In Shakespeare's Medieval Craft, Kurt A. Schreyer explores the relationship between Shakespeare’s plays and a tradition of late medieval English biblical drama known as mystery plays. Scholars of English theater have long debated Shakespeare’s connection to the mystery play tradition, but Schreyer provides new perspective on the subject by focusing on the Chester Banns, a sixteenth-century proclamation announcing the annual performance of that city’s cycle of mystery plays. Through close study of the Banns, Schreyer demonstrates the central importance of medieval stage objects—as vital and direct agents and not merely as precursors—to the Shakespearean stage. As Schreyer shows, the Chester Banns serve as a paradigm for how Shakespeare’s theater might have reflected on and incorporated the mystery play tradition, yet distinguished itself from it. For instance, he demonstrates that certain material features of Shakespeare’s stage—including the ass’s head of A Midsummer Night’s Dream, the theatrical space of Purgatory in Hamlet, and the knocking at the gate in the Porter scene of Macbeth—were in fact remnants of the earlier mysteries transformed to meet the exigencies of the commercial London playhouses. Schreyer argues that the ongoing agency of supposedly superseded theatrical objects and practices reveal how the mystery plays shaped dramatic production long after their demise. At the same time, these medieval traditions help to reposition Shakespeare as more than a writer of plays; he was a play-wright, a dramatic artisan who forged new theatrical works by fitting poetry to the material remnants of an older dramatic tradition.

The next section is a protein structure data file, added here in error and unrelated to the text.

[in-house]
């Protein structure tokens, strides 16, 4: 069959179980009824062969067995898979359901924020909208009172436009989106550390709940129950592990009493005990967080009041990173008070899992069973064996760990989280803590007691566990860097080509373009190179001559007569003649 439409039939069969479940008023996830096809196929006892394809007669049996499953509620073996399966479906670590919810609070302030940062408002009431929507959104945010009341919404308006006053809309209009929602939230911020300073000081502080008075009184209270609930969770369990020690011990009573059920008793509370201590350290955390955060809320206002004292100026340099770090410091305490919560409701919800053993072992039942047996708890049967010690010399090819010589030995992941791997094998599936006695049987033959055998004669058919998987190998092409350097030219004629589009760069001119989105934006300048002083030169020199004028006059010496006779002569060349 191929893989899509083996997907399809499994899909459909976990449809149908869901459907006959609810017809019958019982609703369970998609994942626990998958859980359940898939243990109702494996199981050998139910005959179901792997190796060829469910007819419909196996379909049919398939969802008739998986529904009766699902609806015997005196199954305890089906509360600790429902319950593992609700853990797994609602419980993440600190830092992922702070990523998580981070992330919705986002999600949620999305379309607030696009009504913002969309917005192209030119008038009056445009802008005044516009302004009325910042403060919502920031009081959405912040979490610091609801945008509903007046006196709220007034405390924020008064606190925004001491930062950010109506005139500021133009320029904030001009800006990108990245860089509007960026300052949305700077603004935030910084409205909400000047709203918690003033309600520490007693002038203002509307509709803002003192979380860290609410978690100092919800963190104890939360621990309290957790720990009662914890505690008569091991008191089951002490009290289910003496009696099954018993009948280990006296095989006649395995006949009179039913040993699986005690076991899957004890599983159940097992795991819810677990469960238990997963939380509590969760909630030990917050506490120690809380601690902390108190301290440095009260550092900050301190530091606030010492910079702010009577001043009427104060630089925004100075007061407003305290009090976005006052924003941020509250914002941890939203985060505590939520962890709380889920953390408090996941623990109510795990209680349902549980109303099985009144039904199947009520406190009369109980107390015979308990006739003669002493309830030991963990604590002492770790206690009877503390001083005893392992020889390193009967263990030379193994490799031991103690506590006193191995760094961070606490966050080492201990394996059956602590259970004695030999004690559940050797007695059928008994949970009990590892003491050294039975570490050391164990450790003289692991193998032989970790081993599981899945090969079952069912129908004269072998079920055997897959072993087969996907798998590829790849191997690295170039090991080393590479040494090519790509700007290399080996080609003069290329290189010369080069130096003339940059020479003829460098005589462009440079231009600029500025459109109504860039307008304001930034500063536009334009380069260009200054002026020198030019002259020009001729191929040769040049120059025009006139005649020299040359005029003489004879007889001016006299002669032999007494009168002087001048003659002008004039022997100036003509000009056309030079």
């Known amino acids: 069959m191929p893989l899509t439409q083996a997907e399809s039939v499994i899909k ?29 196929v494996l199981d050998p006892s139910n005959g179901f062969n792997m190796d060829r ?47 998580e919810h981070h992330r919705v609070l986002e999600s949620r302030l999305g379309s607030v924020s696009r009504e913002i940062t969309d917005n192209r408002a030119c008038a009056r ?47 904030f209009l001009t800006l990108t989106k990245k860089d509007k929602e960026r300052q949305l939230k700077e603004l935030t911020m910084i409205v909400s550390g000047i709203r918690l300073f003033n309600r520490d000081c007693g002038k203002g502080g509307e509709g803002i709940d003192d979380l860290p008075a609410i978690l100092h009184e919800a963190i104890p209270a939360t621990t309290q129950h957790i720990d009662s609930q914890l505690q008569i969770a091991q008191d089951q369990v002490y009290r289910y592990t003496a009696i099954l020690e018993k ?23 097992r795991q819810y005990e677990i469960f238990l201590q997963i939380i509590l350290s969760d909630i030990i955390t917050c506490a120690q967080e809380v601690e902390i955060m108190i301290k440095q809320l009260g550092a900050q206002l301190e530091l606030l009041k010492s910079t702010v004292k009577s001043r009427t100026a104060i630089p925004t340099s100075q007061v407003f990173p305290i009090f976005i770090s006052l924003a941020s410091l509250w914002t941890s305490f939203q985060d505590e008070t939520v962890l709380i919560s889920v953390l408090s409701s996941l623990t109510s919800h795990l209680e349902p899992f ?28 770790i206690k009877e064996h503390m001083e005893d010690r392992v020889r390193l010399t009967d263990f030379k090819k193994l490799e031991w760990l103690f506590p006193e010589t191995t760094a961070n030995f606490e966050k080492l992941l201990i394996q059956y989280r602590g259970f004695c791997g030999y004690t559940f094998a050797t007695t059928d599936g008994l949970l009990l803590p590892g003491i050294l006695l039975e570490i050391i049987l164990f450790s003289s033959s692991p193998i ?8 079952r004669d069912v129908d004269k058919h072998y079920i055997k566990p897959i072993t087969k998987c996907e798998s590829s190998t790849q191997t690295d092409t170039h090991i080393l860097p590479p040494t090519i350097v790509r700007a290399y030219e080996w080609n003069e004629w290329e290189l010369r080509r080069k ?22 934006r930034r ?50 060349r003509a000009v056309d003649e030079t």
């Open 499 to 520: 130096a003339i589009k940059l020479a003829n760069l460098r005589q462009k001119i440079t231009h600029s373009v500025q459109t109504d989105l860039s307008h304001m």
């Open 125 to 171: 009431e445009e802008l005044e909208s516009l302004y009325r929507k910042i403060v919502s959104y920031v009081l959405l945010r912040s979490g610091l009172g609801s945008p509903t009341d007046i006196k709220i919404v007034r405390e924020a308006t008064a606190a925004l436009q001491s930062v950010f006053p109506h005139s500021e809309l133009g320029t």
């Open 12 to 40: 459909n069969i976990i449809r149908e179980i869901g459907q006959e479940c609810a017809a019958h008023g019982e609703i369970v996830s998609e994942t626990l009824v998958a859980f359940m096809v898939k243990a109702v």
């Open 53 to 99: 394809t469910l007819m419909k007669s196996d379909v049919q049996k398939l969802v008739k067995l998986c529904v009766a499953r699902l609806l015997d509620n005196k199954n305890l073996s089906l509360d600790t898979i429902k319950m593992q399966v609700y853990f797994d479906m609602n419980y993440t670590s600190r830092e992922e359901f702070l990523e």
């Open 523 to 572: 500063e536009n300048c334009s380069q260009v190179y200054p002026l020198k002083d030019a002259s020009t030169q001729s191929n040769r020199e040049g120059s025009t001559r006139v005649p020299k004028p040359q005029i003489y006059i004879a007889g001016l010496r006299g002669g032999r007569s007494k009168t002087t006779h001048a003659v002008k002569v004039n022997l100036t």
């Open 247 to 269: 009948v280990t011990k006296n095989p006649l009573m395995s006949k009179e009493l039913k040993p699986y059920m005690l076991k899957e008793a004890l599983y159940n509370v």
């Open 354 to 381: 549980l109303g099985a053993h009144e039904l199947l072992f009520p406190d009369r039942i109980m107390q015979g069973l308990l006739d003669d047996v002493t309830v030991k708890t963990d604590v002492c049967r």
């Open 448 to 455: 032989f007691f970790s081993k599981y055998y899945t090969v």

Girlhood of Shakespeare's Sisters

Author: Jennifer Higginbotham

Publisher: Edinburgh University Press

ISBN: 074865593X

Category: Literary Criticism

Page: 240

View: 420

The first book-length study of the way the literature and drama of the sixteenth and seventeenth centuries constructed the category of the 'girl'.

Journal of Early Modern Studies - Volume 2, Issue 2 (Fall D:2013-01-01)

Author: Corneanu, Sorana

Publisher: Zeta Books

ISBN: 6068266702


Page: N.A

View: 1887

Pestilence in Medieval and Early Modern English Literature

Author: Bryon Lee Grigsby

Publisher: Psychology Press

ISBN: 9780415968225

Category: Literary Criticism

Page: 206

View: 4996

This book examines three diseases - leprosy, bubonic plague and syphillis - to show how doctors, priests and authors in the Middle Ages saw certain illnesses through a moral filter: as punishment from God.